madrid_account TEXT, 
     madrid_flags INTEGER, 
     madrid_attachmentInfo BLOB, 
     madrid_url TEXT, 
     madrid_error INTEGER, 
     is_madrid INTEGER, 
     madrid_date_read INTEGER, 
     madrid_date_delivered INTEGER, 
     madrid_account_guid TEXT);

The schema has changed dramatically with the introduction of iMessage in iOS5. All of the *madrid* fields are new, and these are used for storing iMessage messages.

SMS Messages

The address field contains the phone number to which you are sending a SMS message, but it is inconsistently formatted. Numbers can appear as (555) 555-1212, or 15555551212, or +15555551212. (For this reason, I normalize phone numbers before attempting to match them.)

The flags field shows whether an SMS message was sent or received by the iPhone:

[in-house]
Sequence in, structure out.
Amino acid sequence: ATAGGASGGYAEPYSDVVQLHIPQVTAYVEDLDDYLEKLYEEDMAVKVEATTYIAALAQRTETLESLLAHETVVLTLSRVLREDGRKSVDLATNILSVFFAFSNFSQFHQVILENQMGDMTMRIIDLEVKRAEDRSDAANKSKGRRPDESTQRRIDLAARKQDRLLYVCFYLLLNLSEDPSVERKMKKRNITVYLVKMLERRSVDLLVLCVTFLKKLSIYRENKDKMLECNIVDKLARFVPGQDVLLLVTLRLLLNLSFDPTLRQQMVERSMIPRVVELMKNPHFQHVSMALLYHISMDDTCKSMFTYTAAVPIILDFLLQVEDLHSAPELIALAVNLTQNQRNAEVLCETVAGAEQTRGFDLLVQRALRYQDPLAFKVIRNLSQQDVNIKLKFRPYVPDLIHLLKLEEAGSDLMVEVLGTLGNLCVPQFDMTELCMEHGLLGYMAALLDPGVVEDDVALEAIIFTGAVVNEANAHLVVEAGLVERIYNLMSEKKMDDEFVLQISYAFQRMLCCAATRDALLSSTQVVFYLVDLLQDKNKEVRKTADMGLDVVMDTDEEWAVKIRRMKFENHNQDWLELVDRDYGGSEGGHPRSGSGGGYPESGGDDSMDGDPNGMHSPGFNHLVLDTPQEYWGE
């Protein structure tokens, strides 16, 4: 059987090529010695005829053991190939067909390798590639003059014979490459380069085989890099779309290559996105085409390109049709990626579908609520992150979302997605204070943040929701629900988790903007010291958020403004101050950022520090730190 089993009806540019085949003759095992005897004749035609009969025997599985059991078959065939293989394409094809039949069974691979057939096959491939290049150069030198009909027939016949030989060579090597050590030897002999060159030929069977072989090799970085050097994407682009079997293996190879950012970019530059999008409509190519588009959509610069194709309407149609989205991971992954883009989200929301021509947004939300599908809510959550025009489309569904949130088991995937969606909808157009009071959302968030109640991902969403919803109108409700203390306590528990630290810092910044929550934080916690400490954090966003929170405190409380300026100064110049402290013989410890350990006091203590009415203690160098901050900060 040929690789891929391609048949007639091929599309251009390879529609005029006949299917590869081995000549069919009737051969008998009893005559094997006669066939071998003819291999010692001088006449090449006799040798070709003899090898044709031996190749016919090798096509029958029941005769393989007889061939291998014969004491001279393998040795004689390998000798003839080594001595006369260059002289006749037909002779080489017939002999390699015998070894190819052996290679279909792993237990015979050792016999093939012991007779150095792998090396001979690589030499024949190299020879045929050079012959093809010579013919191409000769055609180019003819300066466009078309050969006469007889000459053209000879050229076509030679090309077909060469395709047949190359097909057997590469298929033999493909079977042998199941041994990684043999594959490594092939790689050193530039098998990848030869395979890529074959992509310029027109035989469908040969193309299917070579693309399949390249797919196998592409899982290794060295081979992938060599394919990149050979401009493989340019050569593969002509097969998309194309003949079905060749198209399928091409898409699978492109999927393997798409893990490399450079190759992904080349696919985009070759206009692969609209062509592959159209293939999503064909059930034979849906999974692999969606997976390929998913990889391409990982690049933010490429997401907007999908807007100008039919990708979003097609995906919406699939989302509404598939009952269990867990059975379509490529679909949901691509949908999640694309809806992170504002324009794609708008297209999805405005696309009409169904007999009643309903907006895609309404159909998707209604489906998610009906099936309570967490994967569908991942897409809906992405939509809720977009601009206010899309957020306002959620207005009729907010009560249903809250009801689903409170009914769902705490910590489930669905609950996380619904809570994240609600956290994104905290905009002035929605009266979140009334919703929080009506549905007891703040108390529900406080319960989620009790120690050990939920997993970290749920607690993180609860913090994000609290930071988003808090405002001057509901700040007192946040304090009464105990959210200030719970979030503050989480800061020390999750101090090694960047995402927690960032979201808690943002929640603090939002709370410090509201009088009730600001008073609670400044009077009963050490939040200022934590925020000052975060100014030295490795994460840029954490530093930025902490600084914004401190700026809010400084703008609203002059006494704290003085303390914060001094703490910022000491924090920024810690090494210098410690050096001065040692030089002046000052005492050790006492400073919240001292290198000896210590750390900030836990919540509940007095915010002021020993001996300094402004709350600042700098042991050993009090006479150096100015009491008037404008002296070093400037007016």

2 - Message received by iPhone from address
3 - Message sent from iPhone to address

iMessage Messages

The madrid_handle field contains either a phone number or email address to which you are sending an iMessage message.

The madrid_flags field shows whether iMessage message was sent or received by the iPhone:

36869 - Message received by iPhone from address
12289 - Message sent from iPhone to address

More Reading

(The last two links are good for iOS5 schema discussions. Google Translate was a big help here!)

Known Limitations

  • Won't find the backup sqlite db on Windows, but it should run if you pass in the db name with --input. (I haven't tested it, though...)

  • Assumes encoding of texts is 'utf-8'...and there's no way to change it.

  • Does not try to recover texts with photos. Just skips past them.

  • Does not handle group chats.


MIT License. Copyright 2011 Tom Offermann.